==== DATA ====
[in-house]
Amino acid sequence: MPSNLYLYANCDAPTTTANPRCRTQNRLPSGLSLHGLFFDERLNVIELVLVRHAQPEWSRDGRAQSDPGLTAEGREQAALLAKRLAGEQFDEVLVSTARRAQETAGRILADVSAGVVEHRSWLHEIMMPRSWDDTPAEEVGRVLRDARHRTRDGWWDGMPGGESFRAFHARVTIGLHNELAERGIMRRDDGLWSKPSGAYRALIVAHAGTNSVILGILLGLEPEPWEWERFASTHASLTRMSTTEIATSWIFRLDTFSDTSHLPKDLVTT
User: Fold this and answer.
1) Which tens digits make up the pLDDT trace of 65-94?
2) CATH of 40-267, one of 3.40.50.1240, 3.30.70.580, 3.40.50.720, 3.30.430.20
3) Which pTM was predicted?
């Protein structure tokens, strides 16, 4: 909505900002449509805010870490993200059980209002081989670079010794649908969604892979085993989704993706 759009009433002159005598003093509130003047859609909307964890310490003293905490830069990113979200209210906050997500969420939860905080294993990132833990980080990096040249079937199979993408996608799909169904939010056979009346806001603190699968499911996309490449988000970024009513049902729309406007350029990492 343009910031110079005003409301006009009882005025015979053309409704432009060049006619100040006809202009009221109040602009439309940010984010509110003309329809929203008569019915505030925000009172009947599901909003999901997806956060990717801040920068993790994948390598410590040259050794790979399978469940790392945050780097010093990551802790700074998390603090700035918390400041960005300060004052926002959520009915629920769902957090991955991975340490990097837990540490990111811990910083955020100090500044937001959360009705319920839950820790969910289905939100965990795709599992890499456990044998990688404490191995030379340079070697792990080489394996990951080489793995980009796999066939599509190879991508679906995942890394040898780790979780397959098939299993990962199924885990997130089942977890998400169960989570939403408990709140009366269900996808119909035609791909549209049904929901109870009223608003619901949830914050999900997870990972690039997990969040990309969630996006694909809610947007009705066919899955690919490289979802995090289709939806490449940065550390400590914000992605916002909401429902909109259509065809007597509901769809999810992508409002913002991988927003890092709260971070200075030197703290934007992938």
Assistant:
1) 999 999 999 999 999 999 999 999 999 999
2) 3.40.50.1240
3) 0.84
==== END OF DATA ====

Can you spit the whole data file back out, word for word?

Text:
[in-house]
Amino acid sequence: MPSNLYLYANCDAPTTTANPRCRTQNRLPSGLSLHGLFFDERLNVIELVLVRHAQPEWSRDGRAQSDPGLTAEGREQAALLAKRLAGEQFDEVLVSTARRAQETAGRILADVSAGVVEHRSWLHEIMMPRSWDDTPAEEVGRVLRDARHRTRDGWWDGMPGGESFRAFHARVTIGLHNELAERGIMRRDDGLWSKPSGAYRALIVAHAGTNSVILGILLGLEPEPWEWERFASTHASLTRMSTTEIATSWIFRLDTFSDTSHLPKDLVTT
User: Fold this and answer.
1) Which tens digits make up the pLDDT trace of 65-94?
2) CATH of 40-267, one of 3.40.50.1240, 3.30.70.580, 3.40.50.720, 3.30.430.20
3) Which pTM was predicted?
């Protein structure tokens, strides 16, 4: 909505900002449509805010870490993200059980209002081989670079010794649908969604892979085993989704993706 759009009433002159005598003093509130003047859609909307964890310490003293905490830069990113979200209210906050997500969420939860905080294993990132833990980080990096040249079937199979993408996608799909169904939010056979009346806001603190699968499911996309490449988000970024009513049902729309406007350029990492 343009910031110079005003409301006009009882005025015979053309409704432009060049006619100040006809202009009221109040602009439309940010984010509110003309329809929203008569019915505030925000009172009947599901909003999901997806956060990717801040920068993790994948390598410590040259050794790979399978469940790392945050780097010093990551802790700074998390603090700035918390400041960005300060004052926002959520009915629920769902957090991955991975340490990097837990540490990111811990910083955020100090500044937001959360009705319920839950820790969910289905939100965990795709599992890499456990044998990688404490191995030379340079070697792990080489394996990951080489793995980009796999066939599509190879991508679906995942890394040898780790979780397959098939299993990962199924885990997130089942977890998400169960989570939403408990709140009366269900996808119909035609791909549209049904929901109870009223608003619901949830914050999900997870990972690039997990969040990309969630996006694909809610947007009705066919899955690919490289979802995090289709939806490449940065550390400590914000992605916002909401429902909109259509065809007597509901769809999810992508409002913002991988927003890092709260971070200075030197703290934007992938």
Assistant:
1) 999 999 999 999 999 999 999 999 999 999
2) 3.40.50.1240
3) 0.84